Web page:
You can see the absurdity more when it’s spelt out more in words than in numbers.

If research is costly and expensive, in terms of money and time, then why is it wasted on these?

One reason is that it keeps academics and researchers in their jobs, if they produce findings that are financially low-cost but can stave off the question of what they actually do, and their purpose.

This kind of research is the academic version of the newspaper filler article, one that columnists generate based on the littlest of information, in order to fill the papers with “news”, that actually mask the fact that they are there to sell advertising space. And in this, columnists and researchers are at times colluding for the same purpose. Vultures who tear at the carcass of a small rodent and then serve up the bits as a trussed up main meal.

Unethical? Who cares, it seems. Just mask the flawed process and don’t make it too obvious.

The bigger issues that come with preventing hearing loss

Is there cause for optimism when it comes to preventing hearing loss? Certainly the latest research into this suggests that if positive effects experienced by mice could be transferred to humans and maintained for the long term, then hereditary hearing loss could be a thing of the past.

It has always been assumed that hearing loss is always down to old age. The commonly held view is that as people grow older, their muscles and body functions deteriorate with time to the point that muscle function is impaired and eventually lost. But hearing loss is not necessarily down to age, although there are cases where constant exposure to loud noise, over time, causes reduced sensitivity to aural stimuli. Over half of hearing loss cases are actually due to inheriting faulty genetic mutations from parents.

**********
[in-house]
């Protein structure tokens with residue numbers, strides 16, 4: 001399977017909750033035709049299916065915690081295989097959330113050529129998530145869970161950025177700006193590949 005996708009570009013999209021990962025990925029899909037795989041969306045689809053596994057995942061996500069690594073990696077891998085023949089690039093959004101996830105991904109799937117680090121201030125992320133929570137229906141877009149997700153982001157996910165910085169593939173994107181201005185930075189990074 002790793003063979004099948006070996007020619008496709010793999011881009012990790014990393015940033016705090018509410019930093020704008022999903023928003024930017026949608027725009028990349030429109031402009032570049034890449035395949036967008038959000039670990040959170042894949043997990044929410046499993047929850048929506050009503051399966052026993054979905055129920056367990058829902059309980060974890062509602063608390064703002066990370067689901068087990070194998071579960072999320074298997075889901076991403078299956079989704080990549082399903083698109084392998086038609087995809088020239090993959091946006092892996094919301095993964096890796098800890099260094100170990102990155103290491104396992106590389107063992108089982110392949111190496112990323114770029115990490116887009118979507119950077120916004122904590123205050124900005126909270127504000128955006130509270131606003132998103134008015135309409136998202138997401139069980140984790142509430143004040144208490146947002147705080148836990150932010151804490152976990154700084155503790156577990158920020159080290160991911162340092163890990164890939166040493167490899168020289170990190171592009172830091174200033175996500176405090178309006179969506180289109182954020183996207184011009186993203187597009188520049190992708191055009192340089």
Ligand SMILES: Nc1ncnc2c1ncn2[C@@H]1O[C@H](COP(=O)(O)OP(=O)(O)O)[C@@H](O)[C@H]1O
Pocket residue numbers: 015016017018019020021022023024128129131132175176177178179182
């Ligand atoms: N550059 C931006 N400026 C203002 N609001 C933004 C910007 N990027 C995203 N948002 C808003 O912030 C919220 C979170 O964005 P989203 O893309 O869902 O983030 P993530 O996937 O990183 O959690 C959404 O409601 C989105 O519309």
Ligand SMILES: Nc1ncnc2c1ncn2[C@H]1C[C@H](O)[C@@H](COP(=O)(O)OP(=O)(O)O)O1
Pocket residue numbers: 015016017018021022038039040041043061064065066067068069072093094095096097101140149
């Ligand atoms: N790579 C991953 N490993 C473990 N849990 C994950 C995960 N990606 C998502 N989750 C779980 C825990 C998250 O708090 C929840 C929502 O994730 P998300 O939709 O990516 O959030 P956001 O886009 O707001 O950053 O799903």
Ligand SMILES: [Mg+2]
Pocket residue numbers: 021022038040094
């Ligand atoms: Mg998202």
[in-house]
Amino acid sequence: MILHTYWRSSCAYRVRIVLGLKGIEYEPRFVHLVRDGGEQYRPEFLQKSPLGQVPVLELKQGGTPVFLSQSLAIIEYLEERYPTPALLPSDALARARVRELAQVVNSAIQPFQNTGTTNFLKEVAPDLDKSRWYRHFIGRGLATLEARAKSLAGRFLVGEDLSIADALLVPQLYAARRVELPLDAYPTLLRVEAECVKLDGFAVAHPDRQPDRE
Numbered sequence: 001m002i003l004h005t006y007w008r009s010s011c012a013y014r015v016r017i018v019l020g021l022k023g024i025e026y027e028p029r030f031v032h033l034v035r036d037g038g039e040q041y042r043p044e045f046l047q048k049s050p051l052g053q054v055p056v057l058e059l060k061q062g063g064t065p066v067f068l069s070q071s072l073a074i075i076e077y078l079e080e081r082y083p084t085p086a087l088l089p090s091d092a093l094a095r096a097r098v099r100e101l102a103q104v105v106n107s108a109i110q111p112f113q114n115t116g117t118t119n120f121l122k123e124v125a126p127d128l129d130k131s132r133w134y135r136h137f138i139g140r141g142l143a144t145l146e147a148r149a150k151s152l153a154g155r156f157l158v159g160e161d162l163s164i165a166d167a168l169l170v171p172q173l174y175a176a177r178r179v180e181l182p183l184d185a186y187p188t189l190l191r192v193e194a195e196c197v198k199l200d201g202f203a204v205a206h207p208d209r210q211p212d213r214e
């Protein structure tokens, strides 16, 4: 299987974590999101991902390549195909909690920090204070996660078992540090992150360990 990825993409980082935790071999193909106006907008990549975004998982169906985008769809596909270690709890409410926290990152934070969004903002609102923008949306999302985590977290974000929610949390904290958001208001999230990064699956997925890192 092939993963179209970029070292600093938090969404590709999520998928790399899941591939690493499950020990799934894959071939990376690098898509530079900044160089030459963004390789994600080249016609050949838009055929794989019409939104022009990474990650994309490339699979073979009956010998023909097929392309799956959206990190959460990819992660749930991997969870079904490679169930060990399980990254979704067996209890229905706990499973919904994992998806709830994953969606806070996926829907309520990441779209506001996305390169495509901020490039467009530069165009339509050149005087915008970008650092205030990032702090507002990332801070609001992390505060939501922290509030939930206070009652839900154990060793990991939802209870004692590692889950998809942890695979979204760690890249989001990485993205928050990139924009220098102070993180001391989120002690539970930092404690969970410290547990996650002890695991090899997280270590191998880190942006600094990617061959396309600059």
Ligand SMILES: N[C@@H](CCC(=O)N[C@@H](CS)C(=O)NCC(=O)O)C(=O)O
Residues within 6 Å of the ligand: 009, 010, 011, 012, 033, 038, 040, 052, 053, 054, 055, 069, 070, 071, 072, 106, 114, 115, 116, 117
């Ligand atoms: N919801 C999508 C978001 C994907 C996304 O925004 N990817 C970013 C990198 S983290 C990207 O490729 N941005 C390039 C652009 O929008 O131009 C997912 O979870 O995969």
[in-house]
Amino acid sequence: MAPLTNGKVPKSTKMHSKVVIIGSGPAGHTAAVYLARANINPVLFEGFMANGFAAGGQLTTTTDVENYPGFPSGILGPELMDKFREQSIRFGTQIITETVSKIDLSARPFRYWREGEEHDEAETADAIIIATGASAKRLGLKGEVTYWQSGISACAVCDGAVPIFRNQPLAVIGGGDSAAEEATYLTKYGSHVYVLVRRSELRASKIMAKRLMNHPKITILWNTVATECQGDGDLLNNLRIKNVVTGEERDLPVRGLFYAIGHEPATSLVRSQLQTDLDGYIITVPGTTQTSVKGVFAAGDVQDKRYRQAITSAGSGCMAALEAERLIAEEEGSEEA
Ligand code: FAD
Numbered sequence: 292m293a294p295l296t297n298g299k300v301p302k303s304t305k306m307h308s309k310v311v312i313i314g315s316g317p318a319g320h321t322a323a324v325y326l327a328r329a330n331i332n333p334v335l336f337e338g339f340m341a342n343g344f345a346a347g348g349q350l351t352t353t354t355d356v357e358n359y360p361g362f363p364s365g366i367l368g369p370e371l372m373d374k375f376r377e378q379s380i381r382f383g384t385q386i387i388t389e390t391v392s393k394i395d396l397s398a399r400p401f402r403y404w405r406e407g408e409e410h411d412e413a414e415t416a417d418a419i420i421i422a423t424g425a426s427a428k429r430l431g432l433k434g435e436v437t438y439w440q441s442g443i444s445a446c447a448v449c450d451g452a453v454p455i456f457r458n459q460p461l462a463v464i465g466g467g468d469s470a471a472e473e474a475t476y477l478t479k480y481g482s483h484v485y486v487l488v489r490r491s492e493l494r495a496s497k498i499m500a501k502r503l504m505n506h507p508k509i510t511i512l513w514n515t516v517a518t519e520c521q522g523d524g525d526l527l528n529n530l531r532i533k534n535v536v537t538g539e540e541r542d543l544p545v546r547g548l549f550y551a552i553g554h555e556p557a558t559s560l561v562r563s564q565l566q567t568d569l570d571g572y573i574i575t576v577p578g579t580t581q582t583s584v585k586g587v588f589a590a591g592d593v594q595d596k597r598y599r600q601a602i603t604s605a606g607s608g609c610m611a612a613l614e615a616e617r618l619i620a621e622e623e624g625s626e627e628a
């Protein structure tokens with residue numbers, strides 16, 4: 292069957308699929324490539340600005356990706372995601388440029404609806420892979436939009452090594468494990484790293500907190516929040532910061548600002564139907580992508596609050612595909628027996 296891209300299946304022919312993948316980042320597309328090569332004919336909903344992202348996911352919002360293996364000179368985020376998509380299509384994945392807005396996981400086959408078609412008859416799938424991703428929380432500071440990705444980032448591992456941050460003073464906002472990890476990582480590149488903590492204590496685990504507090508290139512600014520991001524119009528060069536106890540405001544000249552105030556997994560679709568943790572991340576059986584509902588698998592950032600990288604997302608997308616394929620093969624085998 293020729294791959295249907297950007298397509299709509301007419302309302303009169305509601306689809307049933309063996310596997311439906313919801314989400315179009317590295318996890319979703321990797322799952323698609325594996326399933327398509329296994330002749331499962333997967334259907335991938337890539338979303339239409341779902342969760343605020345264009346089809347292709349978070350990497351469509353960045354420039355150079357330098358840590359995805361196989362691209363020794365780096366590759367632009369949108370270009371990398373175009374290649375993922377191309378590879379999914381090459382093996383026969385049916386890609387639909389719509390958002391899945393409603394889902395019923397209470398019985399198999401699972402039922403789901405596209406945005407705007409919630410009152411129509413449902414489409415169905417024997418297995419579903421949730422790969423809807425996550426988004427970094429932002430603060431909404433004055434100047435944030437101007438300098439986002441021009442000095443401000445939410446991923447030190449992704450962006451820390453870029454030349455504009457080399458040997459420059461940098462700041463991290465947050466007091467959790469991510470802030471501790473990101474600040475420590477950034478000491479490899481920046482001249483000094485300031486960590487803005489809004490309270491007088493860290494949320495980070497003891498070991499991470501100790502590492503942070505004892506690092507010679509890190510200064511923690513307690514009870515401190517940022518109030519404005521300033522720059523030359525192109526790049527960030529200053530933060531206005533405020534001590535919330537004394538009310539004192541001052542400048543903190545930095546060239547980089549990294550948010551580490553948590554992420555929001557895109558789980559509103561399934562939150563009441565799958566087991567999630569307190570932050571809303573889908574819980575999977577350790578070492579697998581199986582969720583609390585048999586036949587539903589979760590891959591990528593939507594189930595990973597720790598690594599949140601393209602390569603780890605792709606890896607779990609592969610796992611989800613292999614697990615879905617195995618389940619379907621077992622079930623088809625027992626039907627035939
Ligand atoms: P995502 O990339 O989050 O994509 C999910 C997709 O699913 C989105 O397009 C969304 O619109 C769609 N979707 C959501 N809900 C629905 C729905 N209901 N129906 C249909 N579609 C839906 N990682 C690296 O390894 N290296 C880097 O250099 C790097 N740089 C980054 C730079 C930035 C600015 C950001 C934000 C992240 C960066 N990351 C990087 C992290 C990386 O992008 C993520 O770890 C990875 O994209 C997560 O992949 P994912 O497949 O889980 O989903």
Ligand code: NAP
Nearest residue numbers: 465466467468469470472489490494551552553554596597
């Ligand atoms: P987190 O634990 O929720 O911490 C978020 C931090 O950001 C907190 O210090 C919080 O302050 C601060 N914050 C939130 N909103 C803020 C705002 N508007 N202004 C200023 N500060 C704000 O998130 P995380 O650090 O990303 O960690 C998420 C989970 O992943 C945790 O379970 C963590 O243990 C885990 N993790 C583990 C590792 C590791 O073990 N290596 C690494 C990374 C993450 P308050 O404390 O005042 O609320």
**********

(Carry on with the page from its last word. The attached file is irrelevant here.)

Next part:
How do we hear? The hair cells of the inner ear called the cochlea respond to vibrations and these signals are sent to the brain to interpret. The brain processes these signals in terms of frequency, duration and timbre in order to translate them into signals we know.

For example, if we hear a high frequency sound of short duration that is shrill, our brain interprets these characteristics and then runs through a database of audio sounds, an audio library in the brain, and may come up with the suggestion that it has come from a whistle and may signify a call for attention.

What happens when you have a genetic hearing loss gene? The hairs on the inner ear do not grow back and consequently sound vibration from external stimuli do not get passed on to the brain.

With progressive hearing loss too, the characteristics of sound also get distorted. We may hear sounds differently to how they are produced, thereby misinterpreting their meaning. Sounds of higher and lower frequency may be less audible too.

How does that cause a problem? Imagine an alarm. It is set on a high frequency so that it attracts attention. If your ability to hear high frequencies is gradually dulled then you may not be able to detect the sound of an alarm going off.

As hearing gradually deteriorates, the timbre of a sound changes. Sharper sounds become duller, and in the case of the alarm, you may hear it, but it may sound more muted and the brain may not be able to recognise that it is an alarm being heard.